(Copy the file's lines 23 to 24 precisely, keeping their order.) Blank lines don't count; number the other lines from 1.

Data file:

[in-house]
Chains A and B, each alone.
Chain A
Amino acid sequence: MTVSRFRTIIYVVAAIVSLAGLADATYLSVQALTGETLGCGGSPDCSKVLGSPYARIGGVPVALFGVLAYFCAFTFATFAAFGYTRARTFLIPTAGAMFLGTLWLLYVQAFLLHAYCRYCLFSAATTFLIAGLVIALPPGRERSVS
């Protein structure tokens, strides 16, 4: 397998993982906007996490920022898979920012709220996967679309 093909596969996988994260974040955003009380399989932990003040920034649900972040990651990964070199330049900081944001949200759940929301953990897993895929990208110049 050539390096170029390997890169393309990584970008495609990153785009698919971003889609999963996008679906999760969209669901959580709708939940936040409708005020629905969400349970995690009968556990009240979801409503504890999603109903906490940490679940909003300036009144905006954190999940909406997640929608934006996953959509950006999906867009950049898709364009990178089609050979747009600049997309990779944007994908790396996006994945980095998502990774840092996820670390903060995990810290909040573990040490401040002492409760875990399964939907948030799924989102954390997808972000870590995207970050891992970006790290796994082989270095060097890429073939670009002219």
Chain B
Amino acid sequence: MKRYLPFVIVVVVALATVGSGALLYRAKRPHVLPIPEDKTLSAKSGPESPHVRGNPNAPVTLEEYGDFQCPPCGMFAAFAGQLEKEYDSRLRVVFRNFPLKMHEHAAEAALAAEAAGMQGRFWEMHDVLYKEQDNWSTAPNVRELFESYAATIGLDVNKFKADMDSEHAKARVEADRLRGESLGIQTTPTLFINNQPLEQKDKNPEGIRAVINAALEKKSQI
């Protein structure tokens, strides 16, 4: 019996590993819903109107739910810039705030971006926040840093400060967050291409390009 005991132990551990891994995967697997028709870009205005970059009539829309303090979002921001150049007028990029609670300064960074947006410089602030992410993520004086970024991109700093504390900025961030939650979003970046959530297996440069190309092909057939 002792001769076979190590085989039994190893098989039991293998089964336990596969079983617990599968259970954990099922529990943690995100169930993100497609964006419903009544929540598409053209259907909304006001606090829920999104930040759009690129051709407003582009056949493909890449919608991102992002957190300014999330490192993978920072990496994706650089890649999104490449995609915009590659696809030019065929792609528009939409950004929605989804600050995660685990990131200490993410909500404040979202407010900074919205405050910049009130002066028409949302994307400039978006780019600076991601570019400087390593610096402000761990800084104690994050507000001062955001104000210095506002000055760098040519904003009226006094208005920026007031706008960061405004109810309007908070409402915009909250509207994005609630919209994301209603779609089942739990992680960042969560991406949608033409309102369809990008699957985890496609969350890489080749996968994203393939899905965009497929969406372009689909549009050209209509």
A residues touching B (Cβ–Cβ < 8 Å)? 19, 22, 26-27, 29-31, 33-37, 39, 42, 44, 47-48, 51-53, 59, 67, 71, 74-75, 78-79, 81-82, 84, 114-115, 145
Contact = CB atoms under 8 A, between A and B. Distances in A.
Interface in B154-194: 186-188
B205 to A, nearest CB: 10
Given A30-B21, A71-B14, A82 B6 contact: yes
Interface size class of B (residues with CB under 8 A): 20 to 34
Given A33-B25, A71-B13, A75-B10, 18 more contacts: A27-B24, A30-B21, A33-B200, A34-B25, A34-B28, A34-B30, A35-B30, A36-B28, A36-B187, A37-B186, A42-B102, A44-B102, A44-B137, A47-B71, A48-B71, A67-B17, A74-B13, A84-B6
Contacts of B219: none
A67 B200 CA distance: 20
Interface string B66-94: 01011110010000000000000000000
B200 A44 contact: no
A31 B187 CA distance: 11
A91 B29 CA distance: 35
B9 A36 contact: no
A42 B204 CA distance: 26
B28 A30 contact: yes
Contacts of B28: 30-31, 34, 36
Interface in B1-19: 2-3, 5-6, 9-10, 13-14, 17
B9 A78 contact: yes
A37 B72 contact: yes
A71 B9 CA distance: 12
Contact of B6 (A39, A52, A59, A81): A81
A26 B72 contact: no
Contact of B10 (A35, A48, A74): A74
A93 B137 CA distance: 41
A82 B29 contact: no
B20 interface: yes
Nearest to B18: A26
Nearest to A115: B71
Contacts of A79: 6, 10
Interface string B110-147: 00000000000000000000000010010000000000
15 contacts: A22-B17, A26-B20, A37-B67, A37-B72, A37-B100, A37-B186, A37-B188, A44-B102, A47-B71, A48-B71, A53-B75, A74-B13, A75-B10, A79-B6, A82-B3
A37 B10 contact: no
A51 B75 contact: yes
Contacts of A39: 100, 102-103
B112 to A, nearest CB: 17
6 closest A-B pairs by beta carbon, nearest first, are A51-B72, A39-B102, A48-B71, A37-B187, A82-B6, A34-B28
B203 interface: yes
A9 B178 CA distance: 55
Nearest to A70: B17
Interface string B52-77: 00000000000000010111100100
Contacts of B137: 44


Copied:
A42 B204 CA distance: 26
B28 A30 contact: yes